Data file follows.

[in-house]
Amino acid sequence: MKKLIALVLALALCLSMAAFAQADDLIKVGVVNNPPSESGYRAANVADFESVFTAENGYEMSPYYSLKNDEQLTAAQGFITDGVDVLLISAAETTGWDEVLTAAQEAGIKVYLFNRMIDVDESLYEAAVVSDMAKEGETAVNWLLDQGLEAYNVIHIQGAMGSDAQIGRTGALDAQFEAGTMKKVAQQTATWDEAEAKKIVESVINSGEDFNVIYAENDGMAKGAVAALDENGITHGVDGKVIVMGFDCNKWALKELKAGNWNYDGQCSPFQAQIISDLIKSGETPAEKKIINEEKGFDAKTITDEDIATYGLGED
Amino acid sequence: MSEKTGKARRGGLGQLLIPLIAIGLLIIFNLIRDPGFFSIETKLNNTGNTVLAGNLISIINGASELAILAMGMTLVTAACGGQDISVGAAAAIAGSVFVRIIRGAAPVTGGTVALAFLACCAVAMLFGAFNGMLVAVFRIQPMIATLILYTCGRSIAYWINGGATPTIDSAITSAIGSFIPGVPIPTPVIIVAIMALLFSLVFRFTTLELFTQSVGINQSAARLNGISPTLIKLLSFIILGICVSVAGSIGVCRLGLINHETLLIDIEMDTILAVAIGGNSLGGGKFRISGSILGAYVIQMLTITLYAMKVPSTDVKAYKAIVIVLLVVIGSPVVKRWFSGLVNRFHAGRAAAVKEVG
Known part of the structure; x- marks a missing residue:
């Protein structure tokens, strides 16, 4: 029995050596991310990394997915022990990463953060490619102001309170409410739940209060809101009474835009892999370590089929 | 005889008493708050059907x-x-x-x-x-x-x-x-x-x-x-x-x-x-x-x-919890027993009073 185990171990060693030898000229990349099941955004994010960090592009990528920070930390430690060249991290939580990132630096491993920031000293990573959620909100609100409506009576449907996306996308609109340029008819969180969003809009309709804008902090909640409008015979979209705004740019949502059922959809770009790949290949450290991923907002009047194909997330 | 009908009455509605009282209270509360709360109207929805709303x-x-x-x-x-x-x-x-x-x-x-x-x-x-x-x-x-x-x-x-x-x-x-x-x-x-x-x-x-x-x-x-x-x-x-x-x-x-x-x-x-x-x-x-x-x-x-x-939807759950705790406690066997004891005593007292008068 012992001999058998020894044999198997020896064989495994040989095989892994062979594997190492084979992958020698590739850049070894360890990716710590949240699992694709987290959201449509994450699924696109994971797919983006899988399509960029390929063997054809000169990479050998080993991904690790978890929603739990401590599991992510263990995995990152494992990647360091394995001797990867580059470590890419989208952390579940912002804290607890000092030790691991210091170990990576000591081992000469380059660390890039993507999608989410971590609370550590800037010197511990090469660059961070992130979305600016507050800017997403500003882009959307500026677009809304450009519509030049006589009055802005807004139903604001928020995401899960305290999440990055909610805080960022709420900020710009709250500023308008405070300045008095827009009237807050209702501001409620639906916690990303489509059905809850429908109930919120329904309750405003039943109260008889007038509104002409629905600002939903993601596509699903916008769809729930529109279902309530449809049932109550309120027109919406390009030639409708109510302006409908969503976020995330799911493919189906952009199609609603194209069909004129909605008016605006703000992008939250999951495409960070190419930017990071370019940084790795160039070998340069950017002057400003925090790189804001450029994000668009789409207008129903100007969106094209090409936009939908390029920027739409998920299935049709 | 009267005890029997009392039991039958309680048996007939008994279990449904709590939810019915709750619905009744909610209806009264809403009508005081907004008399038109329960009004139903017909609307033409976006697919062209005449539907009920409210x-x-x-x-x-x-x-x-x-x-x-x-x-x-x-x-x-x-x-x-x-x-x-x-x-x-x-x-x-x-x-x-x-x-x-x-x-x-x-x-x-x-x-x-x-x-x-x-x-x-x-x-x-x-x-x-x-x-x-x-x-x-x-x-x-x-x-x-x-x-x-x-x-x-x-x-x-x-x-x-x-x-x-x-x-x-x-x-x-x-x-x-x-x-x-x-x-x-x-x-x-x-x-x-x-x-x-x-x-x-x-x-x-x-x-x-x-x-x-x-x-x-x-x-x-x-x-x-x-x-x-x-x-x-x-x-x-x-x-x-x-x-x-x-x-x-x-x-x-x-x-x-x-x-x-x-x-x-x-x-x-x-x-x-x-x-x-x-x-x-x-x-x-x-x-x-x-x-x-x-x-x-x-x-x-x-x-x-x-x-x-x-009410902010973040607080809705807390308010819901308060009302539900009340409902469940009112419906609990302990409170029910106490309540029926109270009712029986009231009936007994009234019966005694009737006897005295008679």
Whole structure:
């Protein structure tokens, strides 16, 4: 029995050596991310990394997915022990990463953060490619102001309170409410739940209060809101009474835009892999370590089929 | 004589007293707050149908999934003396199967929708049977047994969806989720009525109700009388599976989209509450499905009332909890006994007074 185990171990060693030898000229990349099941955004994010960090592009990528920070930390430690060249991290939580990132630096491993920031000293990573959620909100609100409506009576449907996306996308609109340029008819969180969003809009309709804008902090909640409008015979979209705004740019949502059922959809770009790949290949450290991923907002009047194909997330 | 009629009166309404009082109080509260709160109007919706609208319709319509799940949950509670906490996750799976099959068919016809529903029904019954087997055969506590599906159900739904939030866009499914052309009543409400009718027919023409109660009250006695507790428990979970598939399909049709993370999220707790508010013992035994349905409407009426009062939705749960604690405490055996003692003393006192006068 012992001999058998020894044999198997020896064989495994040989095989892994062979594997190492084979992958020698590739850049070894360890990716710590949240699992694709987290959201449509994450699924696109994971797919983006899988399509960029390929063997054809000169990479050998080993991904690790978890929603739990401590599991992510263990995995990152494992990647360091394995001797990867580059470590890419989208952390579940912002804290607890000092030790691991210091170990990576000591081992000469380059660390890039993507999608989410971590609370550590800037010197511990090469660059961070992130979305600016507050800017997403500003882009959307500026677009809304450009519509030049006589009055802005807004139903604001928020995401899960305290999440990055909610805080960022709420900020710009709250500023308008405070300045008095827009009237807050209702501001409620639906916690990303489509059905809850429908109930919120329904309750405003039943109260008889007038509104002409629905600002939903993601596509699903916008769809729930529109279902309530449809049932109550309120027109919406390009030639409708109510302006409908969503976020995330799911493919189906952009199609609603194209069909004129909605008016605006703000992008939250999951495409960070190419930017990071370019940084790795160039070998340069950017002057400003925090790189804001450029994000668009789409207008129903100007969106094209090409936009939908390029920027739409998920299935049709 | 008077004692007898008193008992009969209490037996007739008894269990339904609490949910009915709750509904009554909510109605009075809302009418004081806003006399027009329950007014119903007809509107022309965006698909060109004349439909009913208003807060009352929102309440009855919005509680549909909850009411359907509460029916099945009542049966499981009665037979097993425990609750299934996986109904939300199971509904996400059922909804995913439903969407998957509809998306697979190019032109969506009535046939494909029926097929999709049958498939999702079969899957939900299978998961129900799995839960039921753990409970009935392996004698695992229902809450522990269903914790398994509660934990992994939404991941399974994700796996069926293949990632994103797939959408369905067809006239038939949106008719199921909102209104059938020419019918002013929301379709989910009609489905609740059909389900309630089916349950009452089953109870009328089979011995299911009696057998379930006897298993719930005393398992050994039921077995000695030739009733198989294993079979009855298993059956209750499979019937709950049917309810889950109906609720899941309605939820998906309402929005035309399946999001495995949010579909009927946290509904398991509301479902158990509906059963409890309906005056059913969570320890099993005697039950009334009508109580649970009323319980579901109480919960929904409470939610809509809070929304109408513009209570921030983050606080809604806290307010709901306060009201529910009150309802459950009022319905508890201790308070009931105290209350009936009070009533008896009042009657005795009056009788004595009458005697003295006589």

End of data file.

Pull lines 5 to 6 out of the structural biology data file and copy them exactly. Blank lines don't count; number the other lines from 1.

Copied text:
């Protein structure tokens, strides 16, 4: 029995050596991310990394997915022990990463953060490619102001309170409410739940209060809101009474835009892999370590089929 | 005889008493708050059907x-x-x-x-x-x-x-x-x-x-x-x-x-x-x-x-919890027993009073 185990171990060693030898000229990349099941955004994010960090592009990528920070930390430690060249991290939580990132630096491993920031000293990573959620909100609100409506009576449907996306996308609109340029008819969180969003809009309709804008902090909640409008015979979209705004740019949502059922959809770009790949290949450290991923907002009047194909997330 | 009908009455509605009282209270509360709360109207929805709303x-x-x-x-x-x-x-x-x-x-x-x-x-x-x-x-x-x-x-x-x-x-x-x-x-x-x-x-x-x-x-x-x-x-x-x-x-x-x-x-x-x-x-x-x-x-x-x-939807759950705790406690066997004891005593007292008068 012992001999058998020894044999198997020896064989495994040989095989892994062979594997190492084979992958020698590739850049070894360890990716710590949240699992694709987290959201449509994450699924696109994971797919983006899988399509960029390929063997054809000169990479050998080993991904690790978890929603739990401590599991992510263990995995990152494992990647360091394995001797990867580059470590890419989208952390579940912002804290607890000092030790691991210091170990990576000591081992000469380059660390890039993507999608989410971590609370550590800037010197511990090469660059961070992130979305600016507050800017997403500003882009959307500026677009809304450009519509030049006589009055802005807004139903604001928020995401899960305290999440990055909610805080960022709420900020710009709250500023308008405070300045008095827009009237807050209702501001409620639906916690990303489509059905809850429908109930919120329904309750405003039943109260008889007038509104002409629905600002939903993601596509699903916008769809729930529109279902309530449809049932109550309120027109919406390009030639409708109510302006409908969503976020995330799911493919189906952009199609609603194209069909004129909605008016605006703000992008939250999951495409960070190419930017990071370019940084790795160039070998340069950017002057400003925090790189804001450029994000668009789409207008129903100007969106094209090409936009939908390029920027739409998920299935049709 | 009267005890029997009392039991039958309680048996007939008994279990449904709590939810019915709750619905009744909610209806009264809403009508005081907004008399038109329960009004139903017909609307033409976006697919062209005449539907009920409210x-x-x-x-x-x-x-x-x-x-x-x-x-x-x-x-x-x-x-x-x-x-x-x-x-x-x-x-x-x-x-x-x-x-x-x-x-x-x-x-x-x-x-x-x-x-x-x-x-x-x-x-x-x-x-x-x-x-x-x-x-x-x-x-x-x-x-x-x-x-x-x-x-x-x-x-x-x-x-x-x-x-x-x-x-x-x-x-x-x-x-x-x-x-x-x-x-x-x-x-x-x-x-x-x-x-x-x-x-x-x-x-x-x-x-x-x-x-x-x-x-x-x-x-x-x-x-x-x-x-x-x-x-x-x-x-x-x-x-x-x-x-x-x-x-x-x-x-x-x-x-x-x-x-x-x-x-x-x-x-x-x-x-x-x-x-x-x-x-x-x-x-x-x-x-x-x-x-x-x-x-x-x-x-x-x-x-x-x-x-x-x-009410902010973040607080809705807390308010819901308060009302539900009340409902469940009112419906609990302990409170029910106490309540029926109270009712029986009231009936007994009234019966005694009737006897005295008679």
Whole structure: